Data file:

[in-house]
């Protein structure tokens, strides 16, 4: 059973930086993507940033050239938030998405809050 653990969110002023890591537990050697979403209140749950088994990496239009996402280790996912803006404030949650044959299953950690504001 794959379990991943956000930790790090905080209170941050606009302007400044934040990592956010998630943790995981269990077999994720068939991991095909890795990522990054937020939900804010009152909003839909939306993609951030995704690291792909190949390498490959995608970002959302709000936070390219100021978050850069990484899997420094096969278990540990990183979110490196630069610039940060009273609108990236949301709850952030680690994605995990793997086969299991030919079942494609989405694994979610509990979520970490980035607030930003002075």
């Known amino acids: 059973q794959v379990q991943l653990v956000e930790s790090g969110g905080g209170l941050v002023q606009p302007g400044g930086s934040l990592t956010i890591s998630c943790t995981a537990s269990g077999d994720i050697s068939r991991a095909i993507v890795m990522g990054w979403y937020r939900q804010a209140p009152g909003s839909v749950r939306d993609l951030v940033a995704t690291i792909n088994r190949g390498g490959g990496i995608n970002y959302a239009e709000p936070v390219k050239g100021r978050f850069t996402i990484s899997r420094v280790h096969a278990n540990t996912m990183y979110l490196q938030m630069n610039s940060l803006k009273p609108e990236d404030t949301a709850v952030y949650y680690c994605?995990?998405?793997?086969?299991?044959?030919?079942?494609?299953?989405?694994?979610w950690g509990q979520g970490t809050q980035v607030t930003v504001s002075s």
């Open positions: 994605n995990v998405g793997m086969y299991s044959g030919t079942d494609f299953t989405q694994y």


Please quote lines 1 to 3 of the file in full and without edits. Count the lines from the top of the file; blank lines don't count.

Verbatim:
[in-house]
């Protein structure tokens, strides 16, 4: 059973930086993507940033050239938030998405809050 653990969110002023890591537990050697979403209140749950088994990496239009996402280790996912803006404030949650044959299953950690504001 794959379990991943956000930790790090905080209170941050606009302007400044934040990592956010998630943790995981269990077999994720068939991991095909890795990522990054937020939900804010009152909003839909939306993609951030995704690291792909190949390498490959995608970002959302709000936070390219100021978050850069990484899997420094096969278990540990990183979110490196630069610039940060009273609108990236949301709850952030680690994605995990793997086969299991030919079942494609989405694994979610509990979520970490980035607030930003002075």
């Known amino acids: 059973q794959v379990q991943l653990v956000e930790s790090g969110g905080g209170l941050v002023q606009p302007g400044g930086s934040l990592t956010i890591s998630c943790t995981a537990s269990g077999d994720i050697s068939r991991a095909i993507v890795m990522g990054w979403y937020r939900q804010a209140p009152g909003s839909v749950r939306d993609l951030v940033a995704t690291i792909n088994r190949g390498g490959g990496i995608n970002y959302a239009e709000p936070v390219k050239g100021r978050f850069t996402i990484s899997r420094v280790h096969a278990n540990t996912m990183y979110l490196q938030m630069n610039s940060l803006k009273p609108e990236d404030t949301a709850v952030y949650y680690c994605?995990?998405?793997?086969?299991?044959?030919?079942?494609?299953?989405?694994?979610w950690g509990q979520g970490t809050q980035v607030t930003v504001s002075s």